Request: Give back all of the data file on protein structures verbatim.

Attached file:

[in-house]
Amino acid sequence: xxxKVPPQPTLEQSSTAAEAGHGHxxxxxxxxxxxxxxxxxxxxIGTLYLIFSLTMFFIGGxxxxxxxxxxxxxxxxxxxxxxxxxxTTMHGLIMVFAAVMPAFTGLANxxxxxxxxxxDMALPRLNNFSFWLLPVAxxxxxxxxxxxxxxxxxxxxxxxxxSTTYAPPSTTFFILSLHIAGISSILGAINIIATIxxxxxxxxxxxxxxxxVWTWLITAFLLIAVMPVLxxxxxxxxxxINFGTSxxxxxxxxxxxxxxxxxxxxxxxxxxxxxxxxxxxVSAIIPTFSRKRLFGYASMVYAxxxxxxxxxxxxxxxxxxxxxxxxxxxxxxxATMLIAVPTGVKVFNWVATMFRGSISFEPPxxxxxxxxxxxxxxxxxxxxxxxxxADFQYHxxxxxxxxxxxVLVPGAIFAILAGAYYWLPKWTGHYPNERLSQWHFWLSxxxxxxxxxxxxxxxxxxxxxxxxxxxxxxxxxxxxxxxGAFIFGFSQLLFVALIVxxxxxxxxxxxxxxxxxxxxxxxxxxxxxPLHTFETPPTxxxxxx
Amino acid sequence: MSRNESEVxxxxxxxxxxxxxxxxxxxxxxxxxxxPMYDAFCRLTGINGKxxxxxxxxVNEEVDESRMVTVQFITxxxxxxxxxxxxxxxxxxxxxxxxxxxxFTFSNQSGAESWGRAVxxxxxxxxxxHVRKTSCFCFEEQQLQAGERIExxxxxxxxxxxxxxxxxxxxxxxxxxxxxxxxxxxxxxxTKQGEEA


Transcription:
[in-house]
Amino acid sequence: xxxKVPPQPTLEQSSTAAEAGHGHxxxxxxxxxxxxxxxxxxxxIGTLYLIFSLTMFFIGGxxxxxxxxxxxxxxxxxxxxxxxxxxTTMHGLIMVFAAVMPAFTGLANxxxxxxxxxxDMALPRLNNFSFWLLPVAxxxxxxxxxxxxxxxxxxxxxxxxxSTTYAPPSTTFFILSLHIAGISSILGAINIIATIxxxxxxxxxxxxxxxxVWTWLITAFLLIAVMPVLxxxxxxxxxxINFGTSxxxxxxxxxxxxxxxxxxxxxxxxxxxxxxxxxxxVSAIIPTFSRKRLFGYASMVYAxxxxxxxxxxxxxxxxxxxxxxxxxxxxxxxATMLIAVPTGVKVFNWVATMFRGSISFEPPxxxxxxxxxxxxxxxxxxxxxxxxxADFQYHxxxxxxxxxxxVLVPGAIFAILAGAYYWLPKWTGHYPNERLSQWHFWLSxxxxxxxxxxxxxxxxxxxxxxxxxxxxxxxxxxxxxxxGAFIFGFSQLLFVALIVxxxxxxxxxxxxxxxxxxxxxxxxxxxxxPLHTFETPPTxxxxxx
Amino acid sequence: MSRNESEVxxxxxxxxxxxxxxxxxxxxxxxxxxxPMYDAFCRLTGINGKxxxxxxxxVNEEVDESRMVTVQFITxxxxxxxxxxxxxxxxxxxxxxxxxxxxFTFSNQSGAESWGRAVxxxxxxxxxxHVRKTSCFCFEEQQLQAGERIExxxxxxxxxxxxxxxxxxxxxxxxxxxxxxxxxxxxxxxTKQGEEA